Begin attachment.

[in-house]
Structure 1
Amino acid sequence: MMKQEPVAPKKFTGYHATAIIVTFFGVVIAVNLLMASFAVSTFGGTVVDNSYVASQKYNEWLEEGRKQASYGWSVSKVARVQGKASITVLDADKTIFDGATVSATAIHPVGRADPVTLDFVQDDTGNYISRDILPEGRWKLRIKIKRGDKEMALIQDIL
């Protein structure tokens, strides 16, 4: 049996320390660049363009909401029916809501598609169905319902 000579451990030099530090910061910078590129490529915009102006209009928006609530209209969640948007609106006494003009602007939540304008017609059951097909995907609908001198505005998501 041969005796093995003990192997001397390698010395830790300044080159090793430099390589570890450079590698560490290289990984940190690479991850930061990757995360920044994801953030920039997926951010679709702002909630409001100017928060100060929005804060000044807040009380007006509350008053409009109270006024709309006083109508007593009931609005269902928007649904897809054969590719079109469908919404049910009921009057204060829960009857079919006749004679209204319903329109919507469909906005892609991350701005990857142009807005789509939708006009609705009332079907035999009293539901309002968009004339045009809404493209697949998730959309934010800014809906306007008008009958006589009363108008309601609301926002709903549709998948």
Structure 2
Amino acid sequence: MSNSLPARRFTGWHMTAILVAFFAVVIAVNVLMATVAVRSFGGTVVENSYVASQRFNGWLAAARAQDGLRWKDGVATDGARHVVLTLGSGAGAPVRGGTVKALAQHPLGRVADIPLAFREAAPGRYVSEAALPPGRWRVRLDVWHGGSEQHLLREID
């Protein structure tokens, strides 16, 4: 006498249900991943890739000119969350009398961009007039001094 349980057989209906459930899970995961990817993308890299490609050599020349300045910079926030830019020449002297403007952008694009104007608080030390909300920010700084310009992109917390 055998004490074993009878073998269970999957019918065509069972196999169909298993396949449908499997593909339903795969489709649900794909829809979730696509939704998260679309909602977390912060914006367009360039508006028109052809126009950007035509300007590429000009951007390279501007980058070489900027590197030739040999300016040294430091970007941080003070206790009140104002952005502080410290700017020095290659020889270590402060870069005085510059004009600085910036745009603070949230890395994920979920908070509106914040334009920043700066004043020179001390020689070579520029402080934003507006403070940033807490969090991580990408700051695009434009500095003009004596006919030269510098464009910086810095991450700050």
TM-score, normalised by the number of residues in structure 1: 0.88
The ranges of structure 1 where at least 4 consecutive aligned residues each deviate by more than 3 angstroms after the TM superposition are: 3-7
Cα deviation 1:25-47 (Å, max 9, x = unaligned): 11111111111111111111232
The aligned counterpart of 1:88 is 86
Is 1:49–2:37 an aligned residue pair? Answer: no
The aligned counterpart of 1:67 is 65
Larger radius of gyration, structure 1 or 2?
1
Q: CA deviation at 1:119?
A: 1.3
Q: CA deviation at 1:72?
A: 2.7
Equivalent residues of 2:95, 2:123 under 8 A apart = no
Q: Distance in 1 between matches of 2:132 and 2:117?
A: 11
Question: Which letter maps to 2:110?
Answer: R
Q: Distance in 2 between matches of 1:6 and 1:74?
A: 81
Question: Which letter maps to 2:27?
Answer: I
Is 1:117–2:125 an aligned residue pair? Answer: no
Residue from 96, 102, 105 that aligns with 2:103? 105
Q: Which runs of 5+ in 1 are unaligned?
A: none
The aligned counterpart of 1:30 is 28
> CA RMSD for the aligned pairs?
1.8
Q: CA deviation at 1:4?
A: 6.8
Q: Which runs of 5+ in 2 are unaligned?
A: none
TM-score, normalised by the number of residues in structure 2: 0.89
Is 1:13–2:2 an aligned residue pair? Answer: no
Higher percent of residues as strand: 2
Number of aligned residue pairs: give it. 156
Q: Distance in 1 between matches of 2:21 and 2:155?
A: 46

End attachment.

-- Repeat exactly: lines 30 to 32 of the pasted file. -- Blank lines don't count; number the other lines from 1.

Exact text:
Residue from 96, 102, 105 that aligns with 2:103? 105
Q: Which runs of 5+ in 1 are unaligned?
A: none